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Encouraging employment of experienced workers

January 14, 2020

To support employment of experienced workers, the report submitted to the government today advocates raising the issue’s profile and boosting awareness in society, adopting a pragmatic and ambitious global vision, and implementing a number of practical and effective proposals.

Sophie Bellon, Chairwoman of Sodexo’s Board of Directors, Olivier Mériaux, a Plein Sens consultant and former deputy chief executive of ANACT (French labor conditions improvement agency) and Jean-Manuel Soussan, Bouygues Construction Chief Human Resources Officer, this morning submitted their report, which seeks to promote and facilitate employment of experienced employees in the private sector. On September 23, 2019 French Prime Minister Edouard Philippe charged them with finding solutions to the challenge of keeping ageing workers gainfully employed. This issue requires urgent attention given that the employment rate of older employees in France is lower than the European average, while the average age of retirement continues to rise and life expectancy continues to increase. This challenge needs to be addressed in view of a lack of skilled workers in various sectors of the economy. 

Sophie Bellon, Olivier Mériaux and Jean-Manuel Soussan conducted 70-plus interviews with trade unions, small and large company representatives and experts in HR, social security, labor, employment and training, and drew up a detailed diagnostic of longstanding French employees resulting in 5 overarching conclusions:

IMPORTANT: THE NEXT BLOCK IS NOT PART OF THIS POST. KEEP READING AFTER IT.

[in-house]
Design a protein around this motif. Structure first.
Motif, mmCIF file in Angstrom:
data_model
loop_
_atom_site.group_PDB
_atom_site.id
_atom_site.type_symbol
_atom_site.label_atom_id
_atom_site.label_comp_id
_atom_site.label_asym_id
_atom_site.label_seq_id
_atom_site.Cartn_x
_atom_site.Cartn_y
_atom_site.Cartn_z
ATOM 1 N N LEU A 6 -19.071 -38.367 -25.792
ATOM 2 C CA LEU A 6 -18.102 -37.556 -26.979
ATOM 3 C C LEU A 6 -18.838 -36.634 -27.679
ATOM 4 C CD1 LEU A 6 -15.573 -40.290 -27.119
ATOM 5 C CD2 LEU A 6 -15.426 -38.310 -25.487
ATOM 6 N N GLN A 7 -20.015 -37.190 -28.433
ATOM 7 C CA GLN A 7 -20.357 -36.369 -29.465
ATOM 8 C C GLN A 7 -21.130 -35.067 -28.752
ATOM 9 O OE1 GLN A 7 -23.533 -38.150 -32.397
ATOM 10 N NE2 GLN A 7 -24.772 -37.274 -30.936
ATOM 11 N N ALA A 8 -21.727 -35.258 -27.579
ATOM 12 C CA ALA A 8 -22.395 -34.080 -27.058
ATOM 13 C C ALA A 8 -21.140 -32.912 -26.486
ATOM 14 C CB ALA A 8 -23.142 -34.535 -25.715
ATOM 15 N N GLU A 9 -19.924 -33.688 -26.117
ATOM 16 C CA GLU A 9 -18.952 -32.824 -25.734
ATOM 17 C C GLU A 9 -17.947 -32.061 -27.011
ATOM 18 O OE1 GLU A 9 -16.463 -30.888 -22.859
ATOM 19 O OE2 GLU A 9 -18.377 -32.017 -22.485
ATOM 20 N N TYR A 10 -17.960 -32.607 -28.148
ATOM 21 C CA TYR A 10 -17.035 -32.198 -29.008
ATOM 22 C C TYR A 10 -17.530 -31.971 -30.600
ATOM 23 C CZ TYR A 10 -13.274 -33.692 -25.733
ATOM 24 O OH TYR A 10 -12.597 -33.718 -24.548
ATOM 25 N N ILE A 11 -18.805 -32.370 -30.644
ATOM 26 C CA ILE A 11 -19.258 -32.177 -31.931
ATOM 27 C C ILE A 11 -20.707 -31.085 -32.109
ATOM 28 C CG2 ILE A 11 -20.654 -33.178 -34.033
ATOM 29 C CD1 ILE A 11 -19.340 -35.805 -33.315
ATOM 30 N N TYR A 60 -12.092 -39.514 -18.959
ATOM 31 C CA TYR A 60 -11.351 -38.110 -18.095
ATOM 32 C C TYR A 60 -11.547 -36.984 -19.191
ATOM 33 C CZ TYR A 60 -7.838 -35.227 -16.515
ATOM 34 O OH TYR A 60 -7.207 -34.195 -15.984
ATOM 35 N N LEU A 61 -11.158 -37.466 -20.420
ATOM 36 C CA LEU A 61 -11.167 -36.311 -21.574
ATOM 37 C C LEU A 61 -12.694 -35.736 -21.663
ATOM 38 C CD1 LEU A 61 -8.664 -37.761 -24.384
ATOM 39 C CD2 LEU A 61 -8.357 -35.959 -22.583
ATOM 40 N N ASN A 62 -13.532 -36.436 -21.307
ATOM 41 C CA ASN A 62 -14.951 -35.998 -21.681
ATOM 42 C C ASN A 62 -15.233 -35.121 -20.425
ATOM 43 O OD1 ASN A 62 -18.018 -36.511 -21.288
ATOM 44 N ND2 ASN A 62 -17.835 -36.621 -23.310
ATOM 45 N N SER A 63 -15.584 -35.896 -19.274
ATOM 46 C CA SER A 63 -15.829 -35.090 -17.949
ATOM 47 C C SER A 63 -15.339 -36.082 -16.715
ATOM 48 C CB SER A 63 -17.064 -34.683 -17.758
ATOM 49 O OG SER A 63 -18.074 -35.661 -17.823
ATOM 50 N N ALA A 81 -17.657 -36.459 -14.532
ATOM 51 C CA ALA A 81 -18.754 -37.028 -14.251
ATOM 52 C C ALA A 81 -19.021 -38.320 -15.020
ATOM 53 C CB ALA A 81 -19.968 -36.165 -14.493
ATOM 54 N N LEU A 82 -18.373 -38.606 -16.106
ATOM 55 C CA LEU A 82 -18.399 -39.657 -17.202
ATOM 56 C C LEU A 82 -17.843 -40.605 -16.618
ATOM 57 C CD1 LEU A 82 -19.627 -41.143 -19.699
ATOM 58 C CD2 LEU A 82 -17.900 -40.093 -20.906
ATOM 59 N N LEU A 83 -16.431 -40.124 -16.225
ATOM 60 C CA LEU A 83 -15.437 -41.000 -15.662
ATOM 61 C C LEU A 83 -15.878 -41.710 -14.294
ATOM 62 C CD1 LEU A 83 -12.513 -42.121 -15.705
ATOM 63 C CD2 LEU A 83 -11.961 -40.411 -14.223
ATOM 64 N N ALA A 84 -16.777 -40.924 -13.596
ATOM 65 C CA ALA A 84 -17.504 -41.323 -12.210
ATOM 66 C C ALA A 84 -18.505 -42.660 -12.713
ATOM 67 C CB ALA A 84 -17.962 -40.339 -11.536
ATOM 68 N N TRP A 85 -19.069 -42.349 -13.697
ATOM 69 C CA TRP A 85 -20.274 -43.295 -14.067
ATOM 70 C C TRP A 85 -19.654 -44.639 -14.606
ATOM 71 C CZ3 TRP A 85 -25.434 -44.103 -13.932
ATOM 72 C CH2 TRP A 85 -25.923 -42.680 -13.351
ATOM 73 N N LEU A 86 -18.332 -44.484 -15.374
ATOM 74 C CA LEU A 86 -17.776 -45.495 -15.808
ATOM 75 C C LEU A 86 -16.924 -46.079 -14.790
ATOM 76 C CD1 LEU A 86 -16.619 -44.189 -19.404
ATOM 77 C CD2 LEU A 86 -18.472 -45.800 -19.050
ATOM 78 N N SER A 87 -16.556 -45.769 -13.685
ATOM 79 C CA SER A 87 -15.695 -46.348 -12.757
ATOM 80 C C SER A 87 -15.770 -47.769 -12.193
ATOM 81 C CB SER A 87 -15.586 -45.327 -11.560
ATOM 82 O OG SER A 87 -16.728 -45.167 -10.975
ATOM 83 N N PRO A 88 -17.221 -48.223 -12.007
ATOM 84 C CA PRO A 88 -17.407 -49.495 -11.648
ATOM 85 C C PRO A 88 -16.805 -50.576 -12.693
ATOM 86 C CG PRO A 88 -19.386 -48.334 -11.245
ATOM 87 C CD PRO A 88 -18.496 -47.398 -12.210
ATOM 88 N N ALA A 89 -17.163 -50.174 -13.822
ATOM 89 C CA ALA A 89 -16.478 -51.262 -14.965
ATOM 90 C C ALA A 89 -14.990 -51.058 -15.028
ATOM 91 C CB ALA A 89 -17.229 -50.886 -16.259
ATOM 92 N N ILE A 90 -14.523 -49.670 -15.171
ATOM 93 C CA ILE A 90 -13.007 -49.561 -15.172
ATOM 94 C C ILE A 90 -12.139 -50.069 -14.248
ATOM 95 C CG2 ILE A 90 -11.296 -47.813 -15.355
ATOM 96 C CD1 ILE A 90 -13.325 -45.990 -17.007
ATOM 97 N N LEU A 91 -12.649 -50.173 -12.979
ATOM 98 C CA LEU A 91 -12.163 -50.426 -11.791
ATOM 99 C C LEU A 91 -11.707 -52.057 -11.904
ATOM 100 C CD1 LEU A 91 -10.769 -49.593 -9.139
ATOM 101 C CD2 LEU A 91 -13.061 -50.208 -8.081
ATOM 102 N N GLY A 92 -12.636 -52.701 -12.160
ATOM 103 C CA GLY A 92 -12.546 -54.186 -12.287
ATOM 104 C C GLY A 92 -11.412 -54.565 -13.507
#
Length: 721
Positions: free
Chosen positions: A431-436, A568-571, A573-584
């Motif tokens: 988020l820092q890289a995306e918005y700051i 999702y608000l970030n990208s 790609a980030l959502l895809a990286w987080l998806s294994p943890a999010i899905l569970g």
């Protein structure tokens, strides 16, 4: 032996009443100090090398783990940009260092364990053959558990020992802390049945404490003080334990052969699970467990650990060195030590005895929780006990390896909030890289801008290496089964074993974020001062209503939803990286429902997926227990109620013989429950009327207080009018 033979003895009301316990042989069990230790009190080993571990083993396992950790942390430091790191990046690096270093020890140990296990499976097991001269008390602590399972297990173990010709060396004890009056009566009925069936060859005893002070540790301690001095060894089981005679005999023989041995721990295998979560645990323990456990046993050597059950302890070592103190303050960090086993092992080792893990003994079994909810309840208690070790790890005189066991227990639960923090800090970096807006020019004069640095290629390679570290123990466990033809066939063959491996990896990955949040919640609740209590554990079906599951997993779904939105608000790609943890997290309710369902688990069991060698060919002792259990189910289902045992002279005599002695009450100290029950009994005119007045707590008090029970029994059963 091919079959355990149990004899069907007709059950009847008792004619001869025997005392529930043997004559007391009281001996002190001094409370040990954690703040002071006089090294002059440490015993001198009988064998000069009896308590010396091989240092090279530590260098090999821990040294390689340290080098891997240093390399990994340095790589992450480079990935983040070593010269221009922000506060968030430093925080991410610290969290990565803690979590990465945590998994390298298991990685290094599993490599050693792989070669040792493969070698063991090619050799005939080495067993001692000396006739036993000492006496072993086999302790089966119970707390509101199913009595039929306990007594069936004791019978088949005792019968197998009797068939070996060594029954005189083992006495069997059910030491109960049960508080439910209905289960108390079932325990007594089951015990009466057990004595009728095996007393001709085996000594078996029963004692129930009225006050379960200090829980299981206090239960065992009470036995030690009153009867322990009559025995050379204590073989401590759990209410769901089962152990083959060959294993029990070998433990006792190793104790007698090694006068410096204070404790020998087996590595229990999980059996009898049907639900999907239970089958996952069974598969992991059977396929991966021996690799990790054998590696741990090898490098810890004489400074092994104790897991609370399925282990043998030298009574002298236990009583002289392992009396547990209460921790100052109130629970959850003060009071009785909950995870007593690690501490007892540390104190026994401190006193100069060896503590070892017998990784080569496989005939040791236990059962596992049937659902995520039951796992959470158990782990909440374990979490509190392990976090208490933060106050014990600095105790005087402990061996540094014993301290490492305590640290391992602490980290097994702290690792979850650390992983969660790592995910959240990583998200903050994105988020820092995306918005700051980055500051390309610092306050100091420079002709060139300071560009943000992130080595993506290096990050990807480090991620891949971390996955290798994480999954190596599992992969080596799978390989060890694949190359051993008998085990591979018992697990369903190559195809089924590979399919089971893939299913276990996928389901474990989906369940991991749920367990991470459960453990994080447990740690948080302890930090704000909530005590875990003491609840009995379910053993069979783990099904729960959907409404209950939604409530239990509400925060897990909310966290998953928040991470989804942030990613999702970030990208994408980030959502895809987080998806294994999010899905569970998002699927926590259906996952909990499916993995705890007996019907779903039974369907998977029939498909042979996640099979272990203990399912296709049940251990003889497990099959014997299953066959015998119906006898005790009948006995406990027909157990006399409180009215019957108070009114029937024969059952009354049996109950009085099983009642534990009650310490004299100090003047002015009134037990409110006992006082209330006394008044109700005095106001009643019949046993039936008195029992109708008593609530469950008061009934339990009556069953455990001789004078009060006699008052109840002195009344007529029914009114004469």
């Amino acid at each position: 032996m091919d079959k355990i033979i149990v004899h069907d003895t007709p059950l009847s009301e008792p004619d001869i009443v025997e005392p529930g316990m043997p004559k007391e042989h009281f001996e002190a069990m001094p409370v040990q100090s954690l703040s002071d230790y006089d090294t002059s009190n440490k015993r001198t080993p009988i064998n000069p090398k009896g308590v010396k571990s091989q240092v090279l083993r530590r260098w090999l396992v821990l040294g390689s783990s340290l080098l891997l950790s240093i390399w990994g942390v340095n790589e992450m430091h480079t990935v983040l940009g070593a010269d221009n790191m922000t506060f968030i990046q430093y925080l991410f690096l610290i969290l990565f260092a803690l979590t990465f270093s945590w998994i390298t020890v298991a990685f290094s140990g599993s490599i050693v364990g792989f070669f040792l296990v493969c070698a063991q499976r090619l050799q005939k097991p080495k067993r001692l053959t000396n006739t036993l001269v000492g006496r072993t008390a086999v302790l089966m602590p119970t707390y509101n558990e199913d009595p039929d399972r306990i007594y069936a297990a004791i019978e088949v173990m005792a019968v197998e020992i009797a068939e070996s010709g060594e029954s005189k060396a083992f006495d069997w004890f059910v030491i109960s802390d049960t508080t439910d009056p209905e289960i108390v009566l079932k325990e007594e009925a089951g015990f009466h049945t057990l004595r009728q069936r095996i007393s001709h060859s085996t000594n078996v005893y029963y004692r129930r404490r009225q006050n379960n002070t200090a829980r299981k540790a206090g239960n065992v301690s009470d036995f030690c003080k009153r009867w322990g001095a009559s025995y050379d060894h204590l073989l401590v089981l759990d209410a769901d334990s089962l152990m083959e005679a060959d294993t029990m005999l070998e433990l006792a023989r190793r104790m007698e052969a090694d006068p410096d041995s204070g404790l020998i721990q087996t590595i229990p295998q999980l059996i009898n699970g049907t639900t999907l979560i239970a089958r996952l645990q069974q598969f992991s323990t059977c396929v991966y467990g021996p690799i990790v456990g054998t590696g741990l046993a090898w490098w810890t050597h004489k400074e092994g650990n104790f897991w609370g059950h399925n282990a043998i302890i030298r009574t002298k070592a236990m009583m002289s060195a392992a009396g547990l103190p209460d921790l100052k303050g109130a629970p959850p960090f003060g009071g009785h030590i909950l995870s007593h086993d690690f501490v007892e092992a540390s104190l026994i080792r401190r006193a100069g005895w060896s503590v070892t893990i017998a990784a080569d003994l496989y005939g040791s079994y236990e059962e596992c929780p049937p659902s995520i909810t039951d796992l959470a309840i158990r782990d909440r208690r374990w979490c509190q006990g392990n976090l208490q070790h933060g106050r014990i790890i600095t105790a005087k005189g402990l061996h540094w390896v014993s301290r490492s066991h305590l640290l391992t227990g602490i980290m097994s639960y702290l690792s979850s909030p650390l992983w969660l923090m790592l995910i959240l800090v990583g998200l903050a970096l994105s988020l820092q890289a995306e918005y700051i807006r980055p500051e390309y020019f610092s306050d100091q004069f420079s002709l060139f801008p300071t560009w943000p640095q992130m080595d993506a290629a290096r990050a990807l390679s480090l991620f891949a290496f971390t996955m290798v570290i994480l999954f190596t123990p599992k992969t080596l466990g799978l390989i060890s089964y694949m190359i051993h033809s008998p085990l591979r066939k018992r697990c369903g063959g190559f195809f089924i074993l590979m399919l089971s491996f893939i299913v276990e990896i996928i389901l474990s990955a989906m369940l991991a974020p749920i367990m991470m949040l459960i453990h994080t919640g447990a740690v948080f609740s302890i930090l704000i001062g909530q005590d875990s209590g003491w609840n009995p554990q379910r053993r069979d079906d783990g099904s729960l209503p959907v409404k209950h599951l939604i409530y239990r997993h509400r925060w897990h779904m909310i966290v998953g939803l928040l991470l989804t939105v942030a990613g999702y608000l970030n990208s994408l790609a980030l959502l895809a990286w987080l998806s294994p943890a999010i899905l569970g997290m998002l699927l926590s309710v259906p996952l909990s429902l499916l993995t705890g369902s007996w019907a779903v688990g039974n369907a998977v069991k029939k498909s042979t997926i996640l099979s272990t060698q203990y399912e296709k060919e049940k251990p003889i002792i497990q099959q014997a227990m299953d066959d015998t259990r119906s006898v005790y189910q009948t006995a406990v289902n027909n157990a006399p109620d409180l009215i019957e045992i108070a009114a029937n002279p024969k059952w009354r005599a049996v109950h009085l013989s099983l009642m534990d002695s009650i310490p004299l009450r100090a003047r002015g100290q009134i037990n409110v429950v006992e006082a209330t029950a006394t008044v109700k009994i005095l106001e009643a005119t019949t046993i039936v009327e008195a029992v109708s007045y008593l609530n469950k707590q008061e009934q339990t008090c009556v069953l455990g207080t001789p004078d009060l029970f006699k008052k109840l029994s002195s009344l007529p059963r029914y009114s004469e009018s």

• Both an individual and collective cultural revolution is necessary to sustainably improve experienced workers’ employment. 
  • To fulfill the promise of its social model, the French economy must embrace experienced workers.
  • The legal, financial and social framework needs to be more consistent so that employees remain employed under good conditions. Strong political will  must be shown to address the issue of ageing at work over the long term, via an overview of labor, employment, training, unemployment insurance and pension schemes. 
  • The issue of senior employment goes beyond the pension reform. Indeed, the current situation evolved over a very long period, running counter to the country's changes in demographics and society. A series of legal or technical steps is not enough to solve the problem.
  • Society as a whole needs to become more aware of the value of experience. Firms can also make a big contribution by implementing progressive steps with ambitious goals and regularly reporting on their progress regarding the employment of experienced workers. This is part of their responsibility.

Backed by these convictions, Sophie Bellon, Oliver Mériaux and Jean-Manuel Soussan came up with some 40 practical recommendations grouped into five key headings:

  1. Put work-related strain and the challenges of ageing as a core focus of the forthcoming occupational health reform, among others through improving synergies between occupational doctors, private doctors and companies.